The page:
Saturday, June 22, 2019

Society in Salem

‘We now have seriously the Cold of Winter. The Therm, at Zero. Politics become more sour as the severity of winter increases.’ This is the Reverend William Bentley, born 260 years ago today, writing in the diary he kept for most of his life. He served as a church minister in Salem, Massachusetts, and was much involved in the local community. His diary is a gossipy, informative read, covering a wide range of news acquired from his own observations/conversations as well as from the newspapers - indeed his diary is considered an ‘invaluable compendium’ of social and political observations.

Bentley was born in Boston on 22 June 1759, son of a ship’s carpenter, though as a child he lived with his well-off grandfather, a miller. He studied at academic schools, learning Greek and Latin, before entering Harvard College aged 14 where he studied oriental languages. He graduated in 1777, and started to teach at Boston while continuing his studies. He also tutored at Harvard itself, and preached at local churches. In 1783, he began to serve as a minister of East Church in Salem, a position he retained for the rest of his life. From 1794, he contributed a weekly news summary for William Carleton’s Salem Gazette, and he continued doing so until 1817. He also contributed regularly to the Essex Register and the Essex Gazette. He learned many languages, was said to be fluent in seven, and amassed a private library of over 4,000 volumes. In 1805, while planning the University of Virginia, Thomas Jefferson invited Bentley to be its first president, however the offer was declined.

Bentley travelled extensively, maintained active memberships in a fire club, a military unit and a Masonic Lodge. He also helped organise and support a number of music societies and was founder of the East India Marine Society. Indeed, his personal inventory of artefacts and curiosities later became the foundation for the society’s museum collection. Among his many friends, he counted James Winthrop, a fellow Harvard alumnus. Bentley never married but boarded for more than 20 years with Hannah Crowninshield. He tutored her niece as well as others. He received an honorary Doctorate of Sacred Theology from Harvard in 1819, and died later that same year. Further information is available at Wikipedia, Salemweb, Dictionary of Unitarian & Universalist Biography, and Harvard Library.

Bentley was an avid diarist - indeed he is even listed in some places as a diarist and a minister. He kept his diary from 1785 until his death. SNAC (Social Networks and Archival Context) says it ‘is an invaluable compendium of gossip, shipping news, vital statistics, social and political observations, and petty miscellany, in the period of Salem’s prominence as a major commercial center.’ The Diary of William Bentley D.D. was first published - as far as I can tell - between 1905 and 1911 in four volumes (1785-1792, 1793-1802, 1803-1810, 1811-1819) by the Essex Institute (in Salem). All four volumes can be freely accessed at Internet Archive. Here are several extracts from volumes one, three and four.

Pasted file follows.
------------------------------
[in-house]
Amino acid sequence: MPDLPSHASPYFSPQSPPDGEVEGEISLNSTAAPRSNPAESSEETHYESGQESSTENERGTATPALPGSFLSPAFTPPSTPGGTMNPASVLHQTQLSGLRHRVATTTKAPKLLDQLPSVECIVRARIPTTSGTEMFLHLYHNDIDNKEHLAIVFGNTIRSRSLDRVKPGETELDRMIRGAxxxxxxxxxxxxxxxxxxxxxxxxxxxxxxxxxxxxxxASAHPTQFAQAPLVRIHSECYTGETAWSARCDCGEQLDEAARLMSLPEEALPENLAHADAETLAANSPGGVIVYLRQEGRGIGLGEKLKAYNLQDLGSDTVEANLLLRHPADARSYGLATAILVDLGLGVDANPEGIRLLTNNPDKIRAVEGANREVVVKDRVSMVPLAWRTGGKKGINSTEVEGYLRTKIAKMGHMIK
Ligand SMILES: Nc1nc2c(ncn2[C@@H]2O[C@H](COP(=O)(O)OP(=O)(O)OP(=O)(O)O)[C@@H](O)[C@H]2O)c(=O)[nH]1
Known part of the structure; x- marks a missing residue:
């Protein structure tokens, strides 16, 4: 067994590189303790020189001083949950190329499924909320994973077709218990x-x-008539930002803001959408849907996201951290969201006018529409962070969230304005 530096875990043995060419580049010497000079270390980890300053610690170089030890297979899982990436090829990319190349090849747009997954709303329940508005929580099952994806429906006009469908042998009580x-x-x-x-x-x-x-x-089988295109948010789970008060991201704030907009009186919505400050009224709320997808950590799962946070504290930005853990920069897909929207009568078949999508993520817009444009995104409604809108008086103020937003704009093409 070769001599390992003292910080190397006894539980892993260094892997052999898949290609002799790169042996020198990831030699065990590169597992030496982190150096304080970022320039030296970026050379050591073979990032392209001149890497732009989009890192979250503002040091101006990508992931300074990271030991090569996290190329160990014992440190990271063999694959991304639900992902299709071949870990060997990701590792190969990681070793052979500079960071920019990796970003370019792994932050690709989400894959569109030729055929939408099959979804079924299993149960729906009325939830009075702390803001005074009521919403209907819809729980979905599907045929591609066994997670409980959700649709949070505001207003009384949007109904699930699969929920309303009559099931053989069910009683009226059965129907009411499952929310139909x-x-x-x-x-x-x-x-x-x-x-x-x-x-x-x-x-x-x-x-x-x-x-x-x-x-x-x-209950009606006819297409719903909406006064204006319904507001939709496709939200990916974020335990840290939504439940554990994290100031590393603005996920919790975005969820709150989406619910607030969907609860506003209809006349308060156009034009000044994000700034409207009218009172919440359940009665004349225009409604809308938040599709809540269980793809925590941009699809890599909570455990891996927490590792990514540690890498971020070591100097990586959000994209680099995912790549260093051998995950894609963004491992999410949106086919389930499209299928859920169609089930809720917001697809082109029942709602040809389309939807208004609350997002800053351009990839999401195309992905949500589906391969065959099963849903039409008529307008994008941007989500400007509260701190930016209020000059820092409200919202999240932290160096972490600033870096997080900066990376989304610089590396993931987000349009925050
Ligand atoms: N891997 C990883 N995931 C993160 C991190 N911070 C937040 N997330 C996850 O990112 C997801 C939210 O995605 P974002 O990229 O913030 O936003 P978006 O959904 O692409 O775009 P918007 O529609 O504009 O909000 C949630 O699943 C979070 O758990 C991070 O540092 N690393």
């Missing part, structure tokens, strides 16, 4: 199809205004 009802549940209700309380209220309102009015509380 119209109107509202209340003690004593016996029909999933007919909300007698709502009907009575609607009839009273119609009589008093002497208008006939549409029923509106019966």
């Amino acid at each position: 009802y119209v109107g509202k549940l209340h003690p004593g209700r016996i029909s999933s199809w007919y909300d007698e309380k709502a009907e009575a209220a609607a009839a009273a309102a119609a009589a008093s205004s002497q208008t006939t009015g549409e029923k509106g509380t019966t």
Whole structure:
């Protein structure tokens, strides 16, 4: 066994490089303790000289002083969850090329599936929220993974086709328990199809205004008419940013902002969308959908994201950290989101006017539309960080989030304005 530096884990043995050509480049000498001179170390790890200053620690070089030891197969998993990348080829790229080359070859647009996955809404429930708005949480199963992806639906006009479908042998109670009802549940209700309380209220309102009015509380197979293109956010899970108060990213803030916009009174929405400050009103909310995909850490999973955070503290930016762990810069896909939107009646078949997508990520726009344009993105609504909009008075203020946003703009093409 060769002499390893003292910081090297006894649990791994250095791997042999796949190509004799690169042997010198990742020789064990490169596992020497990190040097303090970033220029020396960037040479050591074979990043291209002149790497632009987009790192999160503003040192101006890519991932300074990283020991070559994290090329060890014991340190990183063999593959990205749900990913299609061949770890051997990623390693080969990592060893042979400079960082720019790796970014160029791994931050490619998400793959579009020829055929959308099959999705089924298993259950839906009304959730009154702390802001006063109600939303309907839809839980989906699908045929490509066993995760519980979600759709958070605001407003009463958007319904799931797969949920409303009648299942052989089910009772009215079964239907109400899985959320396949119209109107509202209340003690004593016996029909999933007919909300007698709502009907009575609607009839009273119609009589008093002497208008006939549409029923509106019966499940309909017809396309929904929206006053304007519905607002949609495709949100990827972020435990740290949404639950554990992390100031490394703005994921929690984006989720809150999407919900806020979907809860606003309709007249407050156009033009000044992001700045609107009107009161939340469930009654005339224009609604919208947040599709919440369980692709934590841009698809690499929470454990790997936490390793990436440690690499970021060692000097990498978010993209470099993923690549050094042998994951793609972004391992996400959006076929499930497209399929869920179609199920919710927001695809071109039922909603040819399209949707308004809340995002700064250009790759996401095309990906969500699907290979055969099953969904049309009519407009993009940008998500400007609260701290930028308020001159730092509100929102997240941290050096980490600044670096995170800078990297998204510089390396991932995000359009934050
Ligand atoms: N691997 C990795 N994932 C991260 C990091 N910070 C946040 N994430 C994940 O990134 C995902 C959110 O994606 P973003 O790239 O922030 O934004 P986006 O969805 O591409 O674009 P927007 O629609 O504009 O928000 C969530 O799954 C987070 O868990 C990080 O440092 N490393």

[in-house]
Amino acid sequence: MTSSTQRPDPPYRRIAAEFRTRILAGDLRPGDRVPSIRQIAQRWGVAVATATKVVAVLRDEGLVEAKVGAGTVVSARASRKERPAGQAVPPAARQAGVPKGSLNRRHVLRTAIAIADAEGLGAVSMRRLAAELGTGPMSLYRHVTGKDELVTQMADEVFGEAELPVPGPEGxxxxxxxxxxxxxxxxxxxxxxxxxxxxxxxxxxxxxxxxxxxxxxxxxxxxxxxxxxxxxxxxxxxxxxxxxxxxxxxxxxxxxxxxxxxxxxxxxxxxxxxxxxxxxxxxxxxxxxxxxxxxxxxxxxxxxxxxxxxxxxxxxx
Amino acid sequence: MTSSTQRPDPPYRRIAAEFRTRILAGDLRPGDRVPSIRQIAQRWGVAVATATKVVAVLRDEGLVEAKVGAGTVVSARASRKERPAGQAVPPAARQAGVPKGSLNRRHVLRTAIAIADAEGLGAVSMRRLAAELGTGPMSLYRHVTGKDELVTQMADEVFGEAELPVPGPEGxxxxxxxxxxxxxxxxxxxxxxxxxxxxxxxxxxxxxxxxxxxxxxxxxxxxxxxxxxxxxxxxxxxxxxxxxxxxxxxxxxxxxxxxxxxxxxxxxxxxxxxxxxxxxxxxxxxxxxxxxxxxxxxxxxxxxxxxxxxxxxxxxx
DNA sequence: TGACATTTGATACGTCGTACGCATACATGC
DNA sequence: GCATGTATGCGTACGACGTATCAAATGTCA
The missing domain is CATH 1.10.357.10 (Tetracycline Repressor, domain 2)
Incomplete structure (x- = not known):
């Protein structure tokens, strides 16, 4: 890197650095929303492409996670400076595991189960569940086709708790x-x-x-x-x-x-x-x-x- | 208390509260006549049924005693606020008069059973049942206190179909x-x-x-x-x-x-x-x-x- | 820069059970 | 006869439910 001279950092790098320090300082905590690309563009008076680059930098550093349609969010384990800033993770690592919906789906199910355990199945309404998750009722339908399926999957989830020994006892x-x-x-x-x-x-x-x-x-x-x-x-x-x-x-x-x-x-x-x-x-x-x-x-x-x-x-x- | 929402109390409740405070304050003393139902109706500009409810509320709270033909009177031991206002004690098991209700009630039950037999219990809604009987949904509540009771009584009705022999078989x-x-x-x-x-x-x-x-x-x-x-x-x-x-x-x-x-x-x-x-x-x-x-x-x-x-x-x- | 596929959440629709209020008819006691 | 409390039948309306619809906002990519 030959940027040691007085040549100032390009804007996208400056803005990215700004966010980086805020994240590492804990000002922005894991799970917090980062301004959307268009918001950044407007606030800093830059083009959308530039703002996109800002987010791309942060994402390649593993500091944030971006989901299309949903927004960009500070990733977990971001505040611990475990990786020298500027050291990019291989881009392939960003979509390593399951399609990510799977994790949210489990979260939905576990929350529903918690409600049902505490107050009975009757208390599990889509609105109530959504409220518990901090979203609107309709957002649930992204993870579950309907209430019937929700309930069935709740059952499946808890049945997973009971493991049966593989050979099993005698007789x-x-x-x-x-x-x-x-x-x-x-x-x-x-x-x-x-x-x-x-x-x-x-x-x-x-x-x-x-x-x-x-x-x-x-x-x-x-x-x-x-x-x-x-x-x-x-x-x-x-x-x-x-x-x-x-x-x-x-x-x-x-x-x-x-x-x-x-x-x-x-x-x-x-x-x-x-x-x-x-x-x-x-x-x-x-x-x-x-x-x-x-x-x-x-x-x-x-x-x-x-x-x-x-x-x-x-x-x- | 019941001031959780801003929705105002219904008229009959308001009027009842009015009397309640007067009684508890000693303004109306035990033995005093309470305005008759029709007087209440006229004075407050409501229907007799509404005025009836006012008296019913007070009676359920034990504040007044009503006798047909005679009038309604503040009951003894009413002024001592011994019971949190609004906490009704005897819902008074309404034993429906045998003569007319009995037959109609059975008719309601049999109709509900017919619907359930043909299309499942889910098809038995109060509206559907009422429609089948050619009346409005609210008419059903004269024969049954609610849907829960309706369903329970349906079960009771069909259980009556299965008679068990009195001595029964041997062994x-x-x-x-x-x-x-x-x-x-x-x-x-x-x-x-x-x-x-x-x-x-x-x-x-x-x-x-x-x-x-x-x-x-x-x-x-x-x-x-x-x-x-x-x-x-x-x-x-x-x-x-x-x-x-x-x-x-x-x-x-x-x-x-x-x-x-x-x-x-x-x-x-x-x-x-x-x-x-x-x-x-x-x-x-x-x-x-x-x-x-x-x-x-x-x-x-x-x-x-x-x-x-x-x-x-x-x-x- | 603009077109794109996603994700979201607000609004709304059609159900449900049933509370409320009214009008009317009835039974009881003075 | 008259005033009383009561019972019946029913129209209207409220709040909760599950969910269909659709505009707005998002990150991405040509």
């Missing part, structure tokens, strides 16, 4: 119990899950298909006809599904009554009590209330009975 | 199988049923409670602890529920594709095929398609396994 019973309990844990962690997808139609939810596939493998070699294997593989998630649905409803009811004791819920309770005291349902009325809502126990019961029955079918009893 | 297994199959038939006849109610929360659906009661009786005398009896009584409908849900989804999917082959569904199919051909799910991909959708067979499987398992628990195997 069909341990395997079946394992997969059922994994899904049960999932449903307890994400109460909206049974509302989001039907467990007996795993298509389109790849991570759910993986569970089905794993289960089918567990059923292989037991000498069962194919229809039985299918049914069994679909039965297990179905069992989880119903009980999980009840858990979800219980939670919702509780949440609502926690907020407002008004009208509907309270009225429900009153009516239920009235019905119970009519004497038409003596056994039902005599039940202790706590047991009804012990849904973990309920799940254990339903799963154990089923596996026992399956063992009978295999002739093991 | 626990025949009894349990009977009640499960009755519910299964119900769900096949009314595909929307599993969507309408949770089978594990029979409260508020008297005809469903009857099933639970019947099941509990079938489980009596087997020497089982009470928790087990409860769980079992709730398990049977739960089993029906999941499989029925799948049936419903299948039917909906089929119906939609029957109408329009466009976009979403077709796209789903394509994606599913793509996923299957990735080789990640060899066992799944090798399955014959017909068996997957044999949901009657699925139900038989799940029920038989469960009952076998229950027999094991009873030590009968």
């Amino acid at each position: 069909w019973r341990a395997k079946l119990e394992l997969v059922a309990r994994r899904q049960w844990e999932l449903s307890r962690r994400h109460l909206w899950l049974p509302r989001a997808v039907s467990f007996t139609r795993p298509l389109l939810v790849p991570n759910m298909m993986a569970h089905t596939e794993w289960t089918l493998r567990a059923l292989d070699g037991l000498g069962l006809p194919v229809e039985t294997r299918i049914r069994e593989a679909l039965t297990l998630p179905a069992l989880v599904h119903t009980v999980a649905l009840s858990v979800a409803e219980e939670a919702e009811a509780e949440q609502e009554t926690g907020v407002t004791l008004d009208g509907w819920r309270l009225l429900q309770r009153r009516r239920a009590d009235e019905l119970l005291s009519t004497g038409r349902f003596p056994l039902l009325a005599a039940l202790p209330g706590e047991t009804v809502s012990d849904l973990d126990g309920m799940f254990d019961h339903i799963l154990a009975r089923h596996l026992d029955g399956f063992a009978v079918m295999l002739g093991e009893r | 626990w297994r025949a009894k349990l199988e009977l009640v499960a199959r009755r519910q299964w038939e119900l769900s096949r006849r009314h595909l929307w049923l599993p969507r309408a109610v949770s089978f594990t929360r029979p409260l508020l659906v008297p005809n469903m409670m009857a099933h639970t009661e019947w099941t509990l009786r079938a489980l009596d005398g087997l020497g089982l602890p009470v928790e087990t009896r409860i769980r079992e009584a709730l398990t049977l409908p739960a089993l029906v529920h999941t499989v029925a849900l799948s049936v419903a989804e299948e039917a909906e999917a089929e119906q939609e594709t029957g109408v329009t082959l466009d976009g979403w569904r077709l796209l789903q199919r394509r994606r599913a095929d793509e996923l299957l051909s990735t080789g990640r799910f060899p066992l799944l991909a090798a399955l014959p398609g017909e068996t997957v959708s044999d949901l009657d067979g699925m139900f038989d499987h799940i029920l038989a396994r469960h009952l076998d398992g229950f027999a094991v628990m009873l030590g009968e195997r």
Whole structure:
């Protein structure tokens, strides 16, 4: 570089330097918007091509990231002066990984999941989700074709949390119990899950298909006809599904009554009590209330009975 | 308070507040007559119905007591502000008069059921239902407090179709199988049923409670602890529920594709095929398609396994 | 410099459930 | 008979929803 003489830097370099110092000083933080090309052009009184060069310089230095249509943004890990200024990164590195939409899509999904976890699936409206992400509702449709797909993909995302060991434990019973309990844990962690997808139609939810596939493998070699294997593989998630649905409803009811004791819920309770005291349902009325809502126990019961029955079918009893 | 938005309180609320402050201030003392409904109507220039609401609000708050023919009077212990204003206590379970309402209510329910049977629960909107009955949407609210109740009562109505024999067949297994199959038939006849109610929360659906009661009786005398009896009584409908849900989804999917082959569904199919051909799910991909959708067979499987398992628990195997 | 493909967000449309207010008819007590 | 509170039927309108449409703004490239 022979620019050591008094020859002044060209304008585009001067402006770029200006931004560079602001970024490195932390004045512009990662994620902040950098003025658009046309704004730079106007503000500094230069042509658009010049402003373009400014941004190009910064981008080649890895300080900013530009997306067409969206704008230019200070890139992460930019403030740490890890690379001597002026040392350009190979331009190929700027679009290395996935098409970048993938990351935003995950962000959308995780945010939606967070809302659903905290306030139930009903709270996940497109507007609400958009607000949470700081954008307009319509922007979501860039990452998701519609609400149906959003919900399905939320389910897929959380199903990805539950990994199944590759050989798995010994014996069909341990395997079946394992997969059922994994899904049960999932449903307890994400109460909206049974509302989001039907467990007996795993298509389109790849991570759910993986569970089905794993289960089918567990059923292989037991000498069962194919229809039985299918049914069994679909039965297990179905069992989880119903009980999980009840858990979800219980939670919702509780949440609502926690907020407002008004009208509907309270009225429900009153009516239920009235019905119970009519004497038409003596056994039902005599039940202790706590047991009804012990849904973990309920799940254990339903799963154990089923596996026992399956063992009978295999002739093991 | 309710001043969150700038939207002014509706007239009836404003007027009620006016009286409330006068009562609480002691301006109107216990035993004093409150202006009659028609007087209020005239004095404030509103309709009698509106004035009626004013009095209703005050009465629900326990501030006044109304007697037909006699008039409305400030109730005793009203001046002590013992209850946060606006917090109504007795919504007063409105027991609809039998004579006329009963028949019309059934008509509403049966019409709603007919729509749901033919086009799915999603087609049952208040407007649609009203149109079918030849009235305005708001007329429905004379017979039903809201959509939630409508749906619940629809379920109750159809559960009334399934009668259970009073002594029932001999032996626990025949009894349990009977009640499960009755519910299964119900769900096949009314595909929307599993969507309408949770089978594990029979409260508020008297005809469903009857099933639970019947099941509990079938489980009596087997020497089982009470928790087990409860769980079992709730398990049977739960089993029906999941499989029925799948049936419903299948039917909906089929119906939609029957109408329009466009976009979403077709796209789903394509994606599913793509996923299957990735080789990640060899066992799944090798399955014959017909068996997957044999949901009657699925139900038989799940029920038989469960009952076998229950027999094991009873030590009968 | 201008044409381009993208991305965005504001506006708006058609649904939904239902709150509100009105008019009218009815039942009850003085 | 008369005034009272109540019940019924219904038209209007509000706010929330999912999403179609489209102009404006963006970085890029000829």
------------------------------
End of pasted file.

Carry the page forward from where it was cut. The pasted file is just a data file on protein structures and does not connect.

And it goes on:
1 March 1790
‘Drafted a Petition in favor of Capt Ashton, &c. to Selectmen of Salem, remonstrating against the State of the New Road, leading to Essex Bridge.’

2 March 1790
‘The Federal District Court for the first time opened this day in Salem. The Hon: John Lowell, Judge.[. . .] The Judge addressed the Jury in an excellent manner, & Revd Hopkins prayed.’

3 March 1790
‘The Jury sat all last night upon a Seizure & could not agree, & were dismissed this morning. Mr Phippen buried two children in one procession, the first instance within my own knowledge. Both carried in Chaises. Another Jury was collected from the Town who decided upon the short entry, & whether the entries at the State Offices were valid for the Continental Office after the Constitution of the States took place, but before the appointment of officers, & decided both points at once without hesitation. Such are our Juries, & this is the specimen given to us at the first Court, in which Mr. Parsons of Newbury seems to have an unbounded influence.’